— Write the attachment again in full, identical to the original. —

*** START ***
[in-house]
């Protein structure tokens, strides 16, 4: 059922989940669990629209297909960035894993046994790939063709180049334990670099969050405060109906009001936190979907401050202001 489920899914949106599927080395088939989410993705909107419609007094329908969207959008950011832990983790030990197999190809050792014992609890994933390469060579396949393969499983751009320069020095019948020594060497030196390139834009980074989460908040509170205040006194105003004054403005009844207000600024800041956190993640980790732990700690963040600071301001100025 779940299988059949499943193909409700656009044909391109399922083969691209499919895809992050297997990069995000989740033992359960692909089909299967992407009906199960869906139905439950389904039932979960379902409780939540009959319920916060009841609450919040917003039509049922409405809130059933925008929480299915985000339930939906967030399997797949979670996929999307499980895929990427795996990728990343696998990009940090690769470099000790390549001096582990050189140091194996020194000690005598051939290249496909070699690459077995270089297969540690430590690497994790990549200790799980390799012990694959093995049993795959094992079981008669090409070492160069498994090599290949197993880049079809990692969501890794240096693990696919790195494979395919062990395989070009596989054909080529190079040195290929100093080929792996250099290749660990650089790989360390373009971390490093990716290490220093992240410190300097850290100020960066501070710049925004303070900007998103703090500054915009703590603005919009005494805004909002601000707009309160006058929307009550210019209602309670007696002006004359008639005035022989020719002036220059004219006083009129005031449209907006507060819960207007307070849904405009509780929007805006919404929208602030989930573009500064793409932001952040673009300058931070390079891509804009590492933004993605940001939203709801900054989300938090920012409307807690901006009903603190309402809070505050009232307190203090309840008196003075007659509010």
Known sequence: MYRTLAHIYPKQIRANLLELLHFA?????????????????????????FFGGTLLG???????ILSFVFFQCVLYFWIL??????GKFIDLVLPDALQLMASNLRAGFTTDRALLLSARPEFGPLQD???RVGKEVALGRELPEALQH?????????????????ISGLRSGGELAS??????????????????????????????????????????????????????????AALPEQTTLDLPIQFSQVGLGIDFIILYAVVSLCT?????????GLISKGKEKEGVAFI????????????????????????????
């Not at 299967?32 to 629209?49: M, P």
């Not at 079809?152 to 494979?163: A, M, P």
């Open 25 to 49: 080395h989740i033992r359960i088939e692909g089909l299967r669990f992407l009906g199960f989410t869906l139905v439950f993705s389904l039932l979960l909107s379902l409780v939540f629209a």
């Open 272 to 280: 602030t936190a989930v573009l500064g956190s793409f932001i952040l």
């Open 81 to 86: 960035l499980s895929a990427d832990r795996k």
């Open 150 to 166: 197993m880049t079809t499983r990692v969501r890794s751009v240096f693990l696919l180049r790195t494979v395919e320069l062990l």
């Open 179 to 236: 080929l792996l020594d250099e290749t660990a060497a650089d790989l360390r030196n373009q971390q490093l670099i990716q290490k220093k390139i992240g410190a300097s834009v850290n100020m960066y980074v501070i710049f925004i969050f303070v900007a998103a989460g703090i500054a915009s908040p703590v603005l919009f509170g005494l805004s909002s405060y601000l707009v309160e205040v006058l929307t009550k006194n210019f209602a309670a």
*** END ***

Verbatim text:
[in-house]
């Protein structure tokens, strides 16, 4: 059922989940669990629209297909960035894993046994790939063709180049334990670099969050405060109906009001936190979907401050202001 489920899914949106599927080395088939989410993705909107419609007094329908969207959008950011832990983790030990197999190809050792014992609890994933390469060579396949393969499983751009320069020095019948020594060497030196390139834009980074989460908040509170205040006194105003004054403005009844207000600024800041956190993640980790732990700690963040600071301001100025 779940299988059949499943193909409700656009044909391109399922083969691209499919895809992050297997990069995000989740033992359960692909089909299967992407009906199960869906139905439950389904039932979960379902409780939540009959319920916060009841609450919040917003039509049922409405809130059933925008929480299915985000339930939906967030399997797949979670996929999307499980895929990427795996990728990343696998990009940090690769470099000790390549001096582990050189140091194996020194000690005598051939290249496909070699690459077995270089297969540690430590690497994790990549200790799980390799012990694959093995049993795959094992079981008669090409070492160069498994090599290949197993880049079809990692969501890794240096693990696919790195494979395919062990395989070009596989054909080529190079040195290929100093080929792996250099290749660990650089790989360390373009971390490093990716290490220093992240410190300097850290100020960066501070710049925004303070900007998103703090500054915009703590603005919009005494805004909002601000707009309160006058929307009550210019209602309670007696002006004359008639005035022989020719002036220059004219006083009129005031449209907006507060819960207007307070849904405009509780929007805006919404929208602030989930573009500064793409932001952040673009300058931070390079891509804009590492933004993605940001939203709801900054989300938090920012409307807690901006009903603190309402809070505050009232307190203090309840008196003075007659509010």
Known sequence: MYRTLAHIYPKQIRANLLELLHFA?????????????????????????FFGGTLLG???????ILSFVFFQCVLYFWIL??????GKFIDLVLPDALQLMASNLRAGFTTDRALLLSARPEFGPLQD???RVGKEVALGRELPEALQH?????????????????ISGLRSGGELAS??????????????????????????????????????????????????????????AALPEQTTLDLPIQFSQVGLGIDFIILYAVVSLCT?????????GLISKGKEKEGVAFI????????????????????????????
């Not at 299967?32 to 629209?49: M, P």
């Not at 079809?152 to 494979?163: A, M, P």
């Open 25 to 49: 080395h989740i033992r359960i088939e692909g089909l299967r669990f992407l009906g199960f989410t869906l139905v439950f993705s389904l039932l979960l909107s379902l409780v939540f629209a």
């Open 272 to 280: 602030t936190a989930v573009l500064g956190s793409f932001i952040l």
């Open 81 to 86: 960035l499980s895929a990427d832990r795996k």
């Open 150 to 166: 197993m880049t079809t499983r990692v969501r890794s751009v240096f693990l696919l180049r790195t494979v395919e320069l062990l």
């Open 179 to 236: 080929l792996l020594d250099e290749t660990a060497a650089d790989l360390r030196n373009q971390q490093l670099i990716q290490k220093k390139i992240g410190a300097s834009v850290n100020m960066y980074v501070i710049f925004i969050f303070v900007a998103a989460g703090i500054a915009s908040p703590v603005l919009f509170g005494l805004s909002s405060y601000l707009v309160e205040v006058l929307t009550k006194n210019f209602a309670a």